Human, snake, and environmental factors in human - snake conflict in North Bihar - A one-year descriptive study

Takanungsang Longkumer, Lois Joy Armstrong, Vishal Santra, Philip Finny
2016 Christian Journal for Global Health  
The state of Bihar has the third largest number of snakebite deaths in India. The purpose of this study is to explore the factors related to human-snake conflicts in northwest Bihar and southern Nepal. Using these findings, various strategies were proposed to reduce the incidence of snakebites. Method: Data were collected from 609 patients at Duncan Hospital in Raxaul, Bihar, India between 1 July 2012 and 30 June 2013. Patients were included if they had a history of snakebite or unknown bites.
more » ... or unknown bites. Patients with symptoms of envenomation but no known bites were also included, as were patients who were dead on arrival due to a snakebite. Results: The 10-19 year old age group is the peak age group (28.4%) for snakebite. There is a slight preponderance of males (52.7%). 51.4% of bites occurred on the foot/ankle. The envenomation rate was 12.6%. The mortality rate of those envenomed that arrived at the hospital alive was 6.3%. Fourteen people were dead on arrival at the hospital. 75% of people were unable to identify what, or what type of snake, bit them. Common Wolf Snakes (Lycodon aulicus) were the most common snakes brought to the hospital, followed by Spectacled Cobra (Naja naja). Patients who brought snakes to the hospital and attempted identification were all successful at identifying cobras, but all those who brought in Common Wolf Snakes incorrectly identified them as Kraits. The highest monthly frequency of snakebites occurred between June and September; while on a daily basis, the highest frequency occurred between 1700hrs-2200hrs, the time in which 39.1% of all bites occurred. 59.2% of the bites occurred in and around the house. Farming, housework, sleeping, playing, and toileting in fields were the activities most commonly occurring when bitten. Sleeping on the floor increased the risk of envenomation [OR= 5.8,], while sleeping under a mosquito net decreased the risk of envenomation [OR= 0.17, 95%CI 0.04-0.6].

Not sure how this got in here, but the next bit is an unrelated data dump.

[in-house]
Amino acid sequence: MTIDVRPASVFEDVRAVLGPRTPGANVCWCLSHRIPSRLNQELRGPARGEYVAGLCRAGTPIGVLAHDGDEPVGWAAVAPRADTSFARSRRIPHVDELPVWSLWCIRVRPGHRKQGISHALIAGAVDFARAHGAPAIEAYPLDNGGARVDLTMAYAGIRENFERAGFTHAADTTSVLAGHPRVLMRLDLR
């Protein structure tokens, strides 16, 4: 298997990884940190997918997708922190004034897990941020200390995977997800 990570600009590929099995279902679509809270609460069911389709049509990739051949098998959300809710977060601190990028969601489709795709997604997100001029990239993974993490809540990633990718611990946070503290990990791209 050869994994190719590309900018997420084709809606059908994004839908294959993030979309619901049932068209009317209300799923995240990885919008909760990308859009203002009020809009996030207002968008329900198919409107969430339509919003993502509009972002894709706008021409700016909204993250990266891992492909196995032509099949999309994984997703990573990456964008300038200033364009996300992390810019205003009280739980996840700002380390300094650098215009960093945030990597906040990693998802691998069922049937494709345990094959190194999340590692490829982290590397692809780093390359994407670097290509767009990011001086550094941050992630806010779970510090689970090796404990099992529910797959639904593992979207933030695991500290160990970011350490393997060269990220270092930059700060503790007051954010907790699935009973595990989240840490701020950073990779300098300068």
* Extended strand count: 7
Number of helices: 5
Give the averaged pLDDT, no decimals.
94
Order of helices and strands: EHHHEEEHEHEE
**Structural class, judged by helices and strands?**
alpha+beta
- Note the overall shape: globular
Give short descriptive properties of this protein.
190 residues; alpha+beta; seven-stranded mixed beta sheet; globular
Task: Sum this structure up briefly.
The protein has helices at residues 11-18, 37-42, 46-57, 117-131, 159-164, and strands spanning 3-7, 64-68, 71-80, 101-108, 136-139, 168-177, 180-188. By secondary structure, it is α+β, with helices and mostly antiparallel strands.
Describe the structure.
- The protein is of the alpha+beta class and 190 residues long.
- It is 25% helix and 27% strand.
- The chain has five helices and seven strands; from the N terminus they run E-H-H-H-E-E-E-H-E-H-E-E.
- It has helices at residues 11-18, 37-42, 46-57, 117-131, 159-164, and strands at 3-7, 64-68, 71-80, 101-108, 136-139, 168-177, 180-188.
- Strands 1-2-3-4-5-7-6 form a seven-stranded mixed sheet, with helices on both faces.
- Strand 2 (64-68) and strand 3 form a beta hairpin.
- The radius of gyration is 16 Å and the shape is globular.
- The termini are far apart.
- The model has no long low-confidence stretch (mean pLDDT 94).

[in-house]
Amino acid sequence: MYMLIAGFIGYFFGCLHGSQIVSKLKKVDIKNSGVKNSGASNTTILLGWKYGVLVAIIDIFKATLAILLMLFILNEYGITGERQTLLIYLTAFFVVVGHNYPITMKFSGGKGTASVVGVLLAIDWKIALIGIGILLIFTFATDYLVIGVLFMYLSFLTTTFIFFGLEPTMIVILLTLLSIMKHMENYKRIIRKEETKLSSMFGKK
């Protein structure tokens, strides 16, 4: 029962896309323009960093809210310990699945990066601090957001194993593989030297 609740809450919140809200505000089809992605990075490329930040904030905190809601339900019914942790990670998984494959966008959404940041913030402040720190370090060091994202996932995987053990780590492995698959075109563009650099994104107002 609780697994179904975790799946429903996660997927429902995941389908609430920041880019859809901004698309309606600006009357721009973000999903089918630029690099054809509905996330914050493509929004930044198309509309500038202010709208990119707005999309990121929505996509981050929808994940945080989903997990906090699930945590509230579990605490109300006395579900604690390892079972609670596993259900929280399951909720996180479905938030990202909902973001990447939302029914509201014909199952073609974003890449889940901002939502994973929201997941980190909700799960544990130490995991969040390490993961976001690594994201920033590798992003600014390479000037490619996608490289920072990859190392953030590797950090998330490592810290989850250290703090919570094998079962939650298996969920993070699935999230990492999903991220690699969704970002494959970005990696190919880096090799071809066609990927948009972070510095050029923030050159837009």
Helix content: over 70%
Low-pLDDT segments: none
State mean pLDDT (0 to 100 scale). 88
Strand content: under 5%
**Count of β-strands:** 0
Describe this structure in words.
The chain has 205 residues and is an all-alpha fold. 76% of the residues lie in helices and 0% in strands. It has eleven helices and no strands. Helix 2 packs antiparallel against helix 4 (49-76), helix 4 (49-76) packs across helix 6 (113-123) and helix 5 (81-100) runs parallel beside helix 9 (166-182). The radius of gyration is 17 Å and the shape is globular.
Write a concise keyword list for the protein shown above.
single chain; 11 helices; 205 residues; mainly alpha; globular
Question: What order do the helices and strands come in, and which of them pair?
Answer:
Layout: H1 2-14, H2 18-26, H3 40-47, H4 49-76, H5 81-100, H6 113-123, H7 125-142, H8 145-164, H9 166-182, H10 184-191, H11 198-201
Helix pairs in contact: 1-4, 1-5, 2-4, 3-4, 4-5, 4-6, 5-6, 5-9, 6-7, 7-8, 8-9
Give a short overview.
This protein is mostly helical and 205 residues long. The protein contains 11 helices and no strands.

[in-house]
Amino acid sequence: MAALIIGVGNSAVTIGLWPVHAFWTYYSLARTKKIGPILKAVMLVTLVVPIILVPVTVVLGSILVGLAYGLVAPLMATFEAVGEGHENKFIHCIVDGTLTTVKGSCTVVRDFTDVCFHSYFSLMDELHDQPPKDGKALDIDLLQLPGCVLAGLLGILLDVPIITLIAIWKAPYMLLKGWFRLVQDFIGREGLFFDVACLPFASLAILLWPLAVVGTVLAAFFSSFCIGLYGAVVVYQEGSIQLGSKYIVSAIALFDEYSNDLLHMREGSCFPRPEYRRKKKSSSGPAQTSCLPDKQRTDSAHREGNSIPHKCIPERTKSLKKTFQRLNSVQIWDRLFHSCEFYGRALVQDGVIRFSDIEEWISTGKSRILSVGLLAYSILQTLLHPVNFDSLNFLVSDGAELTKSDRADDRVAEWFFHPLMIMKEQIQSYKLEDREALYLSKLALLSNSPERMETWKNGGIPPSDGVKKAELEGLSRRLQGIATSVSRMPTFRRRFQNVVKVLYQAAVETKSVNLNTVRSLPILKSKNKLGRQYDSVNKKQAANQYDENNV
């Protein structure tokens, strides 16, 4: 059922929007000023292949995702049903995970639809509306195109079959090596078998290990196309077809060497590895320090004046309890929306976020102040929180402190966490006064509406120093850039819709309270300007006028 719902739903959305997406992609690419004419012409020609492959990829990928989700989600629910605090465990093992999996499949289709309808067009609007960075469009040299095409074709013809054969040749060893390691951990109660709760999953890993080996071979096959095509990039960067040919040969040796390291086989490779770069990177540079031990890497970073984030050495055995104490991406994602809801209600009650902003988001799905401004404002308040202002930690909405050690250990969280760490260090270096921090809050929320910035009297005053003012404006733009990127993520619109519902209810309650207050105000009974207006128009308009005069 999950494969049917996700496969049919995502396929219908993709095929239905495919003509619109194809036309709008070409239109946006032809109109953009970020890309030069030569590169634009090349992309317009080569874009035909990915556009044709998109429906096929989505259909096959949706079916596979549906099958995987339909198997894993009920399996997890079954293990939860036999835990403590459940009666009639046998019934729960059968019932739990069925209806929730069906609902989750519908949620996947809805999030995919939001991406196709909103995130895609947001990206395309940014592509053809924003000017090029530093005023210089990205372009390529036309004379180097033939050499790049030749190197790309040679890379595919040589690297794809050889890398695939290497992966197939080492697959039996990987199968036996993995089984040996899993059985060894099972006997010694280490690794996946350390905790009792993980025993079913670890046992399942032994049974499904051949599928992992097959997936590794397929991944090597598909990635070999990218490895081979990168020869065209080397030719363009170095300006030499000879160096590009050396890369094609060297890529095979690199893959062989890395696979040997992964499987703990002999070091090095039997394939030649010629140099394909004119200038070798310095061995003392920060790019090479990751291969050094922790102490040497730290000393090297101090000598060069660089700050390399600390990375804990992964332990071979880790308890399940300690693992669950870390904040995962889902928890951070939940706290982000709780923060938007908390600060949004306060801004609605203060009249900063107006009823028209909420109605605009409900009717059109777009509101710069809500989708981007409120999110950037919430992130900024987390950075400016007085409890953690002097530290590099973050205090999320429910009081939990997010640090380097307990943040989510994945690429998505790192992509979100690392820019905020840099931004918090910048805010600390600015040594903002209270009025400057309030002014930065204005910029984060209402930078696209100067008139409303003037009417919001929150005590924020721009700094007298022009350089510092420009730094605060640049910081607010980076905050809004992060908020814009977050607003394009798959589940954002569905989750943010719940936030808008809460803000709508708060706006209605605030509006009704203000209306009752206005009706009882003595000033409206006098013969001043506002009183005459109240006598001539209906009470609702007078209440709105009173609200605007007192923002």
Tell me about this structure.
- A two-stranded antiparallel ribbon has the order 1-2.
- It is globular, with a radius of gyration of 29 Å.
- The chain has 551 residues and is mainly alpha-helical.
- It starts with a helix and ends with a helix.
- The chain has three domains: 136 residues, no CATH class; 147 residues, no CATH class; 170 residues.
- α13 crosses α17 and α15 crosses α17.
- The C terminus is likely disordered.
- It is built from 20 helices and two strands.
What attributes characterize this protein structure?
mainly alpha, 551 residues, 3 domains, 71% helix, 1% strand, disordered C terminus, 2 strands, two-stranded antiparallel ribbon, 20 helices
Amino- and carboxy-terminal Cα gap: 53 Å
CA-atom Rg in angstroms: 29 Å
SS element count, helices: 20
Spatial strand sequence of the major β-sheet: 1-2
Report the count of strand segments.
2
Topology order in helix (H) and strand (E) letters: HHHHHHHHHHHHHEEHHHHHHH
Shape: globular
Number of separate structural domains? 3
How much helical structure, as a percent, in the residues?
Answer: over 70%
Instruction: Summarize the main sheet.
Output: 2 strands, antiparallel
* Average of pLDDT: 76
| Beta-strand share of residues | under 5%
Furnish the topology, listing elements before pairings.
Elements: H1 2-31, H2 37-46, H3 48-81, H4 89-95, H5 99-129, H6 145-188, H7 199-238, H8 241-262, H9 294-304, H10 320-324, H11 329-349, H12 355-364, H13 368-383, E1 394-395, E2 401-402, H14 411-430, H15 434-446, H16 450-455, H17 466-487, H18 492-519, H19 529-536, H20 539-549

doi:10.15566/cjgh.v3i1.77 fatcat:mrrk7xibx5cglivxlfj6vk3ybq